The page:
2020, or as we know it, “the future”. This was supposed to be the year we would finally get to see Amazon deliver packages via drones. This was supposed to be the year we would finally get to experience hyperloops and even flying cars! Fast forward and here we are, in the midst of a pandemic.
How did this happen?
While it is true that no one can ever predict a pandemic, during his TED Talk in 2015, Bill Gates warned us that the world would not be ready for it. “If anything kills over 10 million people in the next few decades, it’s most likely to be a highly infectious virus rather than a war. Not missiles, but microbes. Part of the reason for this is that we’ve invested a huge amount in nuclear deterrents. But we’ve actually invested very little in a system to stop an epidemic. We’re not ready for the next epidemic,” Gates said.
And that is exactly what is happening in the world right now. Does that make Gates a psychic? No. In fact, many people have been warning us over the past decade. Infectious disease expert Michael Osterholm warned us. Virologist and flu expert Robert G. Webster warned us. Even the US Intelligence Team warned us, admitting that a “novel strain of a virulent microbe that is easily transmissible between humans continues to be a major threat,” according to Daniel Dale from CNN.
We don’t have to be psychics or virologists to know that another pandemic outbreak is bound to happen. We might not know when or where, but we can be sure that it will. That is why we need to shift the way we treat these pandemic outbreaks. We need to be ready for the next one and have a strategy in place.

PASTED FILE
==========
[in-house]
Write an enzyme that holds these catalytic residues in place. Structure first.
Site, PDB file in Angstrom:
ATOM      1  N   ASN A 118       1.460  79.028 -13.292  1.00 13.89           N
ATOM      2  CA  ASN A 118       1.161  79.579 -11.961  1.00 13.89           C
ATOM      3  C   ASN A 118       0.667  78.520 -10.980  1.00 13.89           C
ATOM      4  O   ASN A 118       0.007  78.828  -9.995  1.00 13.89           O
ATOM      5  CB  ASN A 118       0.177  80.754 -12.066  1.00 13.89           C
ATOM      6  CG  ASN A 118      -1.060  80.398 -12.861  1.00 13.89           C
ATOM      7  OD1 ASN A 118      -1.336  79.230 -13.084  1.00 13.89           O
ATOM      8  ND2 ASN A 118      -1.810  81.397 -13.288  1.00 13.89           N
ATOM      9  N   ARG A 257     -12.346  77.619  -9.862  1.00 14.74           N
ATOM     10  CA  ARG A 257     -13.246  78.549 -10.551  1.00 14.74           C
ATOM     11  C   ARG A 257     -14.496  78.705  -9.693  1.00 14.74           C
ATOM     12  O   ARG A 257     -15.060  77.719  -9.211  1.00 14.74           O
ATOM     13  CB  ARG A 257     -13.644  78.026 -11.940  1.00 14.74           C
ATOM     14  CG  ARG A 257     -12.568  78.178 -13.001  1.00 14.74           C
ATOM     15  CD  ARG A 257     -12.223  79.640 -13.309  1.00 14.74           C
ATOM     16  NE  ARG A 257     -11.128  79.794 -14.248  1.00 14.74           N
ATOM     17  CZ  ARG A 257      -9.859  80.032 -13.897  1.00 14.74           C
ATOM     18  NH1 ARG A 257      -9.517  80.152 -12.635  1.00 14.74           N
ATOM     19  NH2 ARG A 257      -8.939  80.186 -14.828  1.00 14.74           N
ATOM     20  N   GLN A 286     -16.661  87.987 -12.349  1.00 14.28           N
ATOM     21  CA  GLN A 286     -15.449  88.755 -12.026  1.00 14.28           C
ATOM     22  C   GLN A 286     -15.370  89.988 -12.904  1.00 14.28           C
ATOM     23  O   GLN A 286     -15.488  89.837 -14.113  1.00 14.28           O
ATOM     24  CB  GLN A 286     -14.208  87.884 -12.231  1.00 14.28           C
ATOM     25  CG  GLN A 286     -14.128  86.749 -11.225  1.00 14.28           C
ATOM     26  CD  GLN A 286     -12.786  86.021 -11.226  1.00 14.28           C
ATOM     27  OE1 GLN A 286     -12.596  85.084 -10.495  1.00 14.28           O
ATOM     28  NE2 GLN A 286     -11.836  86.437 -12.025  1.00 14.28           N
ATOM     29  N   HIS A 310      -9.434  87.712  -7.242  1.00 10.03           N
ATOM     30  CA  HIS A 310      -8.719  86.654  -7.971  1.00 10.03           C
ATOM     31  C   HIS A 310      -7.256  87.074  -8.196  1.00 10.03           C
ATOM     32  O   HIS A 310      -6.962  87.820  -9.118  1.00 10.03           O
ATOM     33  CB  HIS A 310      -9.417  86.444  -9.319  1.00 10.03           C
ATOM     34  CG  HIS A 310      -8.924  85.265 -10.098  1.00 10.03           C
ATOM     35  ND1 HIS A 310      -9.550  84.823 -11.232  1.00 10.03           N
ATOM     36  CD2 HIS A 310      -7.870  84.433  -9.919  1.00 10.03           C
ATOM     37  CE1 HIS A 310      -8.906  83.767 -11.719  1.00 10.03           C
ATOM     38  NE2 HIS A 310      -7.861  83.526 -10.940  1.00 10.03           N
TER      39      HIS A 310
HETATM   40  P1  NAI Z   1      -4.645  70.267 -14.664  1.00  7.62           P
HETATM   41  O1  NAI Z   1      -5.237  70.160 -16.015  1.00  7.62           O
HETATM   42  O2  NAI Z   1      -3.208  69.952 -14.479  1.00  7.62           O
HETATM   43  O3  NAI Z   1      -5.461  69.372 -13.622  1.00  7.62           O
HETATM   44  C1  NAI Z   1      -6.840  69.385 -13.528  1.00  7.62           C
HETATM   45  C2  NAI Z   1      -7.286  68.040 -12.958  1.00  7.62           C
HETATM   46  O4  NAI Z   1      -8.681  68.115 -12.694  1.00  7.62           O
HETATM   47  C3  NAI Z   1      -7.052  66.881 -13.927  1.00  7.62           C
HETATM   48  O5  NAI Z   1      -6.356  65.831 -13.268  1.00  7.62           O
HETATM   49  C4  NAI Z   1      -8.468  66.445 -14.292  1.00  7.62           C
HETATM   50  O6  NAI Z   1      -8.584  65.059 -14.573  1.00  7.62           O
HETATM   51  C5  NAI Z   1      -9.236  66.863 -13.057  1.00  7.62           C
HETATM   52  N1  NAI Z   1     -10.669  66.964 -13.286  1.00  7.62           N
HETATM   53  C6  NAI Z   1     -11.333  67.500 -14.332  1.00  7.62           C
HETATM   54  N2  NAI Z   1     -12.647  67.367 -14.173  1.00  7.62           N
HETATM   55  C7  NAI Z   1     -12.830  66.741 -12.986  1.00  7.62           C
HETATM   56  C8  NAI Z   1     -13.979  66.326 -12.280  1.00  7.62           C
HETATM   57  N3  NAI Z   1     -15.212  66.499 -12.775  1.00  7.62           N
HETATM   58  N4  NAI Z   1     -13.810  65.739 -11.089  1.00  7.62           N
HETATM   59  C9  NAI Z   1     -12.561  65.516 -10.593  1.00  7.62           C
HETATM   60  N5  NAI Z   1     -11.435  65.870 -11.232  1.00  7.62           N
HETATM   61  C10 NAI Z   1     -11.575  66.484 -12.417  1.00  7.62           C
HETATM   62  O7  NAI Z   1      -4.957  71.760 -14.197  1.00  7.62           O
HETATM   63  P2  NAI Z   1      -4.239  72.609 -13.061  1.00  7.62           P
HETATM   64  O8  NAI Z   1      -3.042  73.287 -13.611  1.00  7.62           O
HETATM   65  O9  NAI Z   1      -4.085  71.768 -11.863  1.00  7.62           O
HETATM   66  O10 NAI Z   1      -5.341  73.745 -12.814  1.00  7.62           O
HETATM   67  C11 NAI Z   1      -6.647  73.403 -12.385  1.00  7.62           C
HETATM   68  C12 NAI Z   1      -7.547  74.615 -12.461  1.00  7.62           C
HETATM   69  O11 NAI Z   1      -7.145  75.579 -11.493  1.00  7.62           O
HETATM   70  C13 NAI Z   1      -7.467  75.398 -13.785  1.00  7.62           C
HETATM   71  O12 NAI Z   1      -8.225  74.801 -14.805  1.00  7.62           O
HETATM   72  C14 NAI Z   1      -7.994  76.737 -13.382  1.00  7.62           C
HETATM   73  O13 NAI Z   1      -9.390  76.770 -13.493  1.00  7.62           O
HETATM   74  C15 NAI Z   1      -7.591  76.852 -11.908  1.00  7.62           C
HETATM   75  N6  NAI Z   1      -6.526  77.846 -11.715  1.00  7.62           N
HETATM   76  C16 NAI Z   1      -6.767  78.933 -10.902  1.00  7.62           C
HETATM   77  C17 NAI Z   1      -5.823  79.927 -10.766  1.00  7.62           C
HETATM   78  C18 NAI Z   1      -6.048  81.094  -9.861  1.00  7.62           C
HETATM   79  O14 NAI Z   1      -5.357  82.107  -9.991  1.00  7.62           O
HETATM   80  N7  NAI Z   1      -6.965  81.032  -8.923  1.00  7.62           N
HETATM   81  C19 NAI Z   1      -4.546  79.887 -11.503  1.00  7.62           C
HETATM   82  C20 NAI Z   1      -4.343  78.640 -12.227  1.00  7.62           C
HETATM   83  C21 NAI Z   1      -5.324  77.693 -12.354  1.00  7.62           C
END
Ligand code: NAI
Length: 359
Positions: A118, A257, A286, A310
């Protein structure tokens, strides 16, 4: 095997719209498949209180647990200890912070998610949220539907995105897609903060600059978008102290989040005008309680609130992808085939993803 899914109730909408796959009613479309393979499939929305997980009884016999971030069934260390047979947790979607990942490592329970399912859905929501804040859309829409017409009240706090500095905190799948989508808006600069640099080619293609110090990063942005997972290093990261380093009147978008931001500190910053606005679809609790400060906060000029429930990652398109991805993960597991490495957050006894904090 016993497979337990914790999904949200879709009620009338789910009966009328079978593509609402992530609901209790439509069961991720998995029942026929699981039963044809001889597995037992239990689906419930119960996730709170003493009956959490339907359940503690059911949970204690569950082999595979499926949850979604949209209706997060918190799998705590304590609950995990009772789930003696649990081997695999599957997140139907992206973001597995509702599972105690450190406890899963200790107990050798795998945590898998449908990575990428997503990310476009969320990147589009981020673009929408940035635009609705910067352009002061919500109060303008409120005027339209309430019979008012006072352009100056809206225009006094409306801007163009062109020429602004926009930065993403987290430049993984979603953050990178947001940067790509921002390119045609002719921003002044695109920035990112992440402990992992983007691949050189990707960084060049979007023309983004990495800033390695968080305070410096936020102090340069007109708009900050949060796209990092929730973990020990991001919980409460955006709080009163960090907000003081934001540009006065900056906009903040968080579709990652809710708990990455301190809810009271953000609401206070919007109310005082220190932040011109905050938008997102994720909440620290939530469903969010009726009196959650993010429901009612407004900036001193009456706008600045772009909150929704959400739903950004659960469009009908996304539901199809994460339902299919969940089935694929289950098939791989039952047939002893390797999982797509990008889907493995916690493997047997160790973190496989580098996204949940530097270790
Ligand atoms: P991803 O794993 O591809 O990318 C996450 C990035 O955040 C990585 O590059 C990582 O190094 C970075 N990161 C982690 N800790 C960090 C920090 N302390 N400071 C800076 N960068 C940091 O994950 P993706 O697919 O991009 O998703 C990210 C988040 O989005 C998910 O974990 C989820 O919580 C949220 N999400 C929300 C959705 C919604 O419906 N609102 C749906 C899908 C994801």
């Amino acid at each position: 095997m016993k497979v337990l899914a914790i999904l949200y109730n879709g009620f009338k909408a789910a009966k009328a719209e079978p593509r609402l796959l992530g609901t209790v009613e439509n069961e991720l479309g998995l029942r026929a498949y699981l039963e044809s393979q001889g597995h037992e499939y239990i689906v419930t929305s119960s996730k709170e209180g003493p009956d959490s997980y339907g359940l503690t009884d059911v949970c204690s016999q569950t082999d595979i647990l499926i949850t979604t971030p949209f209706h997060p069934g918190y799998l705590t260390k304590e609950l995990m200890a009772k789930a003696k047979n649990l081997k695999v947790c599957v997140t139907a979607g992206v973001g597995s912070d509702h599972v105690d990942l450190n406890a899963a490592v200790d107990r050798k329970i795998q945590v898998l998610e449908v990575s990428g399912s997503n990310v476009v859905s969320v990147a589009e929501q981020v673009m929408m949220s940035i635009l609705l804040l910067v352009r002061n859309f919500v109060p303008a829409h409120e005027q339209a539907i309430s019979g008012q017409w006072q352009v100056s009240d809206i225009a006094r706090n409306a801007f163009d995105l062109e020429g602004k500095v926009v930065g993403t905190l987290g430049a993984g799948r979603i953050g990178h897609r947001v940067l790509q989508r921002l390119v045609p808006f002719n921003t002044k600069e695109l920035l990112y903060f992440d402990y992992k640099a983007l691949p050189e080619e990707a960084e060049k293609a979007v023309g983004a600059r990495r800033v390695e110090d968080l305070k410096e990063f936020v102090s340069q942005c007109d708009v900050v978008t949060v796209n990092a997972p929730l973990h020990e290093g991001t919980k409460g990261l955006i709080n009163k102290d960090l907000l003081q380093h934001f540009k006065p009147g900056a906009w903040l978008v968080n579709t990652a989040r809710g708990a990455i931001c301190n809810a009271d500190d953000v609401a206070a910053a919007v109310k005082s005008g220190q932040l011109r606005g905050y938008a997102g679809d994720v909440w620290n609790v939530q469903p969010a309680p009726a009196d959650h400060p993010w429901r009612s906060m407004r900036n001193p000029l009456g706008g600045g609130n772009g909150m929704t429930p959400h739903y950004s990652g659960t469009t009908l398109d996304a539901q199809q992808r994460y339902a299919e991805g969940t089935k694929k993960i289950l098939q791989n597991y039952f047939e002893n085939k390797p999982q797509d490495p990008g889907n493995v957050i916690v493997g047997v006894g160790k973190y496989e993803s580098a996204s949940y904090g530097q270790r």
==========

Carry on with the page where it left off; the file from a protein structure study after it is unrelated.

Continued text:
Making that shift happen
Today we are celebrating the 50th anniversary of Earth Day. This civic event mobilizes around 1 Billion people in over 190 countries every year. Its main goal is to raise awareness about humans’ role in protecting the environment, and this year’s theme is Climate Action.
“Climate change represents the biggest challenge to the future of humanity and the life-support systems that make our world habitable. At the end of 2020, nations will be expected to increase their national commitments to the 2015 Paris Agreement on climate change. The time is now for citizens to call for greater global ambition to tackle our climate crisis. Unless every country in the world steps up – and steps up with urgency and ambition — we are consigning current and future generations to a dangerous future,” according to the official website of Earth Day.
Although many people still believe that climate change is a hoax or even a cult, evidence and facts show otherwise. According to NASA, global temperature rise, warming oceans, shrinking ice sheets, glacial retreat, decreased snow cover, sea-level rise, declining arctic sea ice, and ocean acidification, are all scientific evidence that the climate is rapidly changing.
What can YOU do about it?
Reducing waste, switching to a green energy supplier, going vegetarian/vegan, and so on, can make a difference. However, these individual choices won’t be enough to save the planet we live in. Technology and electric vehicles won’t save us either.
When it comes to protecting our environment, sustainable living is a vital step in the right direction. Unless you want to transform the “New Year, New Me” saying into “New Pandemic, New Lifestyle” every year, sustainable living should be more than yet another New Year’s resolution.
Let’s consider this pandemic as a wake-up call. We have been destroying this planet for far too long. If we continue down this route, we will end up destroying humankind. This planet will continue to exist long after us, just as it has existed before us. It doesn’t need us.
Taking action on Earth Day while surviving the pandemic
Given the current situation, we may be limited to how much we can contribute and take action on this day. Nevertheless, since Earth Day has gone digital this year, here are some ways you can take action even when in quarantine.
Elon Musk will not start sending us to Mars any time soon, so it is important to take action every day, not just today. Watching Bill Gates’ TED Talk is a good way to start…
Header image: Alena Koval via pexels.com